Am I entitled to half of my mother’s estate when she dies or must I also wait for my stepfather to pass?

UPDATED: Oct 1, 2022

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Am I entitled to half of my mother’s estate when she dies or must I also wait for my stepfather to pass?

My mom told me that I’ll get half of hers and my stepdad’s estate when

they pass. Now she’s been diagnosed with Stage 4 lung cancer. Am I entitled to half after she passes or does he have to pass too? They have a living Trust from what she says.

Asked on November 26, 2018 under Estate Planning, California


SJZ, Member, New York Bar / FreeAdvice Contributing Attorney

Answered 4 years ago | Contributor

If there's a trust, anything in the trust passes as per the instructions for the trust: when the trust was created, they should have stated what happens to the assets in it when one or both of them pass. Those instructions control what happens to trust assets.
Anything not in a trust:
1) Will pass as per a will, if your mother has one.
2) If there is no will, then the non-trust assets pass by "intestate succession"--the rules for who gets what when there is no will. In your state (CA), that means the stepfather get all her community property (her share of everything acquired during marriage) and 1/2 her seaprate property (what he had pre-marriage); you get the other 1/2 of her separate property.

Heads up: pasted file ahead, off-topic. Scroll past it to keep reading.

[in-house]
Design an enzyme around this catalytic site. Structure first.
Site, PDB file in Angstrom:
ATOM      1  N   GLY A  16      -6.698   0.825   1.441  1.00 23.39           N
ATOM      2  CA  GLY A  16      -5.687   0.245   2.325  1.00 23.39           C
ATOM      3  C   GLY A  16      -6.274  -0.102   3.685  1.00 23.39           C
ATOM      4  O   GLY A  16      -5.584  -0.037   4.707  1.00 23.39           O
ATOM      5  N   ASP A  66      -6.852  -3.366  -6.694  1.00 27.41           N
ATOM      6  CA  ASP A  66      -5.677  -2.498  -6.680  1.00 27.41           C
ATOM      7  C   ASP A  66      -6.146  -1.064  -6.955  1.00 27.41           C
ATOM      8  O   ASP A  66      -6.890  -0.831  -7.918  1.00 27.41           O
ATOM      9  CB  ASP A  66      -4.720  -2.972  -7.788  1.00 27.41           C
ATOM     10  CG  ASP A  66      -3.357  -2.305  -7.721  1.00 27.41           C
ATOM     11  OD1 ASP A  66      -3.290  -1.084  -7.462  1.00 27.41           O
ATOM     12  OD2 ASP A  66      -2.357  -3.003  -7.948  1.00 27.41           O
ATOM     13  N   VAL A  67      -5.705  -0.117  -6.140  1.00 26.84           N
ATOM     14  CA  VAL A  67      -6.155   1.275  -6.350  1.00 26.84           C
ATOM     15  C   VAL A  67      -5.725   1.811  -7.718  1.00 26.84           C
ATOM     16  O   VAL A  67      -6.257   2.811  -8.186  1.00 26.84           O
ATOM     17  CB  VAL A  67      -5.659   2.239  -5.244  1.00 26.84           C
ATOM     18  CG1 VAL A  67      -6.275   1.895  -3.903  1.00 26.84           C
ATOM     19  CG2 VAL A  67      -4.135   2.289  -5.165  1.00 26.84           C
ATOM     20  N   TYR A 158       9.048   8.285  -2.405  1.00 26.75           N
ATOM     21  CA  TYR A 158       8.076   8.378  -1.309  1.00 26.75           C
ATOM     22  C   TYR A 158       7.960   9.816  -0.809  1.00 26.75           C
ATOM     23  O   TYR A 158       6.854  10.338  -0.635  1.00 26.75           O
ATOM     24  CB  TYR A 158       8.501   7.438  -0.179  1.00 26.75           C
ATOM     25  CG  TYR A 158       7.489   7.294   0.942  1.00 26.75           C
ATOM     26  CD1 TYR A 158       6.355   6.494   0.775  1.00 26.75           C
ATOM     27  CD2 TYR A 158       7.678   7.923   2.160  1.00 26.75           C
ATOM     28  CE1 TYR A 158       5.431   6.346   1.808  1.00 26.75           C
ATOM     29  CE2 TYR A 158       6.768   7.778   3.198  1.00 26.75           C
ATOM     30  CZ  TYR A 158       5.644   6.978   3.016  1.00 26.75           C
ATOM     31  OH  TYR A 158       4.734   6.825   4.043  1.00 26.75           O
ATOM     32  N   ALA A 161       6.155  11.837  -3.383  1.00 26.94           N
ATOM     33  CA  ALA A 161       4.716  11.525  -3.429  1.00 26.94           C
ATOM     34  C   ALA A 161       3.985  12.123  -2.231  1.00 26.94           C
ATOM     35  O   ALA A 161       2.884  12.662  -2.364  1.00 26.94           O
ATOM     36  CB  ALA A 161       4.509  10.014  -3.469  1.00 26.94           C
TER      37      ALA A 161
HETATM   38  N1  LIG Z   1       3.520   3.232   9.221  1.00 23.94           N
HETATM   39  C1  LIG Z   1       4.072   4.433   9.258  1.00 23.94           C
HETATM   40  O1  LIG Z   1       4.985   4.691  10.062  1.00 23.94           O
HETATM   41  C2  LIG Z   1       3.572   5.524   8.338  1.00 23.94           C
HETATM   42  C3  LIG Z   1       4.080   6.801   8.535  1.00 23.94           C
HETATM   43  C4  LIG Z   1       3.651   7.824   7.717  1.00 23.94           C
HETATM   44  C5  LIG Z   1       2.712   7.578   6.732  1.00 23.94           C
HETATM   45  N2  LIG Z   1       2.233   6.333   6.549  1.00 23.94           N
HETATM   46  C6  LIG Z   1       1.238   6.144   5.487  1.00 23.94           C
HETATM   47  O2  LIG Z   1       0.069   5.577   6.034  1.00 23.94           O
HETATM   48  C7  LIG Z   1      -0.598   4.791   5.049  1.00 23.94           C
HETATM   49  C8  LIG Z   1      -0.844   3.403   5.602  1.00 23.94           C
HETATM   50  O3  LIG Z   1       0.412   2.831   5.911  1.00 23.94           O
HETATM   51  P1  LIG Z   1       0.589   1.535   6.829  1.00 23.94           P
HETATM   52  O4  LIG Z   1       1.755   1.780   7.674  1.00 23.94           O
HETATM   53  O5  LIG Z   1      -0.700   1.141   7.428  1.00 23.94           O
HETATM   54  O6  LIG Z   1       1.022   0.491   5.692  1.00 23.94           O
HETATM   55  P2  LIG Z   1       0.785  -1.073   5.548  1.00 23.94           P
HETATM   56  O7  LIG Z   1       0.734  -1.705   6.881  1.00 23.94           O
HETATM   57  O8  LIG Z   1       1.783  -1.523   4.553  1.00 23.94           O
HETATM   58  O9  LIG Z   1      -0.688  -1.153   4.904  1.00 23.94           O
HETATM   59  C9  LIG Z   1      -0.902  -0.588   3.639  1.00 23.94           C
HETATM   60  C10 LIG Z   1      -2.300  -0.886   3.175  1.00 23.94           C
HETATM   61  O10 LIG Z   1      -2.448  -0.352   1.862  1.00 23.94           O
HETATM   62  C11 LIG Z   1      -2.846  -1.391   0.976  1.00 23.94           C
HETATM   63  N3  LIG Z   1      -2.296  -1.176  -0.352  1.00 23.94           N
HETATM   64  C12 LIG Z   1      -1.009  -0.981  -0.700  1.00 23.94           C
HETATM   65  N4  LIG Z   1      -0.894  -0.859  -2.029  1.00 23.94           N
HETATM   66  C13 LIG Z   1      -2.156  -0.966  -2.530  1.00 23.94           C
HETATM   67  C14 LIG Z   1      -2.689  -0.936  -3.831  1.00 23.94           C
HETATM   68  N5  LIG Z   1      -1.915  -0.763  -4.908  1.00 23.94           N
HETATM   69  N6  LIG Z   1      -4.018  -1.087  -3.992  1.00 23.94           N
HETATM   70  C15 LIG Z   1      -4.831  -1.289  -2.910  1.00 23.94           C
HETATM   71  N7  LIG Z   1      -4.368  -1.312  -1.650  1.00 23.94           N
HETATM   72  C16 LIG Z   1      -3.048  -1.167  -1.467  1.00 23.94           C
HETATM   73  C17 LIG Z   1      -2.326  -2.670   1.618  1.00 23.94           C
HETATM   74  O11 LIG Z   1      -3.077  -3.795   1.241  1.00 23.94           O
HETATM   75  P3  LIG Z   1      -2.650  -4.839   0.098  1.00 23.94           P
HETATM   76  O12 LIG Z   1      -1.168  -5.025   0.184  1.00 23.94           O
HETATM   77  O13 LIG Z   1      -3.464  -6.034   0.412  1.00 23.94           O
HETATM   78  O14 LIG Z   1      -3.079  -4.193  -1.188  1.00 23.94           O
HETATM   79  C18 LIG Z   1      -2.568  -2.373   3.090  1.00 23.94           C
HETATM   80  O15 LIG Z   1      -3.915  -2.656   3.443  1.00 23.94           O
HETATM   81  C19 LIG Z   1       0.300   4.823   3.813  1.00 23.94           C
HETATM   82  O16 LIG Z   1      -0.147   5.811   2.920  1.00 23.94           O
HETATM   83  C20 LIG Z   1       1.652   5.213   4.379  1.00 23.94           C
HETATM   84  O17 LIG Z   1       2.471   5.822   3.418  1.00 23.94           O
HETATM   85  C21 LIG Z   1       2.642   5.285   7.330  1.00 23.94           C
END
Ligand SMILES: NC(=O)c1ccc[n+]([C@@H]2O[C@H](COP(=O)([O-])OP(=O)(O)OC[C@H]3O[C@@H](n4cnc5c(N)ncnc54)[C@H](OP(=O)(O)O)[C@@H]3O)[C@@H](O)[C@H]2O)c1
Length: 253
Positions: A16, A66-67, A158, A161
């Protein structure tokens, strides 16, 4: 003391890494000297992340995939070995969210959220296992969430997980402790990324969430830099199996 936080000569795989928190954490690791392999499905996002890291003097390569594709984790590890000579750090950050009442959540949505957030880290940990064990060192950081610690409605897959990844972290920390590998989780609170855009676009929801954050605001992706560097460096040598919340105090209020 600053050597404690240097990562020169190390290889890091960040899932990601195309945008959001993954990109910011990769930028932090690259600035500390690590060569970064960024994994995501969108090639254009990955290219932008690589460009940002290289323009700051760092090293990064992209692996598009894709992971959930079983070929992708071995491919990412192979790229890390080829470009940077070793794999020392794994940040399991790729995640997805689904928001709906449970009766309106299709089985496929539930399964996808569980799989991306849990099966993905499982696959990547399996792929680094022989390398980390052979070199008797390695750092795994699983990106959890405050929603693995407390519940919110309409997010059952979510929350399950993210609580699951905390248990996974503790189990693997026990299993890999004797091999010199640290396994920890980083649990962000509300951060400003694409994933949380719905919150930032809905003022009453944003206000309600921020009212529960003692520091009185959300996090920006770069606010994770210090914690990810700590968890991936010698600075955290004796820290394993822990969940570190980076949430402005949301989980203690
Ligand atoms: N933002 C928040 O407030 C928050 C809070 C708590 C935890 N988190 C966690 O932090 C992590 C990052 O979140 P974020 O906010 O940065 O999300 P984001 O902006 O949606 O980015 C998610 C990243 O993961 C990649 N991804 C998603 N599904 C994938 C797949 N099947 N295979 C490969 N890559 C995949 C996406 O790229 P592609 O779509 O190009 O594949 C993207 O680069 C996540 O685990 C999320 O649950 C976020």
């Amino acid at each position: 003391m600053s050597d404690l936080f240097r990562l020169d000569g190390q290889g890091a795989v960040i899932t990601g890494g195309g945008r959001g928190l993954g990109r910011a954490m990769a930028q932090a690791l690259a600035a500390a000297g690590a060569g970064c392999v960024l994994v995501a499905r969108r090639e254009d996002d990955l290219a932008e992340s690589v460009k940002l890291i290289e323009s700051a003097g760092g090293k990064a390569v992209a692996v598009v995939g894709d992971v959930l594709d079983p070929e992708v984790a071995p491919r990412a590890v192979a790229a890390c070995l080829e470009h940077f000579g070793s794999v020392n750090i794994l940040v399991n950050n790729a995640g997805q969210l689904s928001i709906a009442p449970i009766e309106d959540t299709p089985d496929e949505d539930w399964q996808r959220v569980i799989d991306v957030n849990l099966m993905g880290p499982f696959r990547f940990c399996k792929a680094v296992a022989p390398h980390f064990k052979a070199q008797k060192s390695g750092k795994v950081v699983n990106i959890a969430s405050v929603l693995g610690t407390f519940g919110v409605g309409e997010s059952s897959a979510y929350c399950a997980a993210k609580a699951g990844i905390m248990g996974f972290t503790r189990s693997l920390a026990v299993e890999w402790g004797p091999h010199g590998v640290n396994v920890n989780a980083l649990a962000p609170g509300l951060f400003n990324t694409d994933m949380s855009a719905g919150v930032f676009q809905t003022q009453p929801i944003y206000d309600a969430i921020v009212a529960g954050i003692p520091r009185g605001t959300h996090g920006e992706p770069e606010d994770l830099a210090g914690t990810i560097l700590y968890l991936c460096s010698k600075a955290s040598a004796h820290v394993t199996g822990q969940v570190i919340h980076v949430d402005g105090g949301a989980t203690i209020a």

You do not inherit from him until he passes. Since you are not his blood or adopted child, you would not inherit from him unless he has a will leaving it to you.

IMPORTANT NOTICE: The Answer(s) provided above are for general information only. The attorney providing the answer was not serving as the attorney for the person submitting the question or in any attorney-client relationship with such person. Laws may vary from state to state, and sometimes change. Tiny variations in the facts, or a fact not set forth in a question, often can change a legal outcome or an attorney's conclusion. Although has verified the attorney was admitted to practice law in at least one jurisdiction, he or she may not be authorized to practice law in the jurisdiction referred to in the question, nor is he or she necessarily experienced in the area of the law involved. Unlike the information in the Answer(s) above, upon which you should NOT rely, for personal advice you can rely upon we suggest you retain an attorney to represent you.

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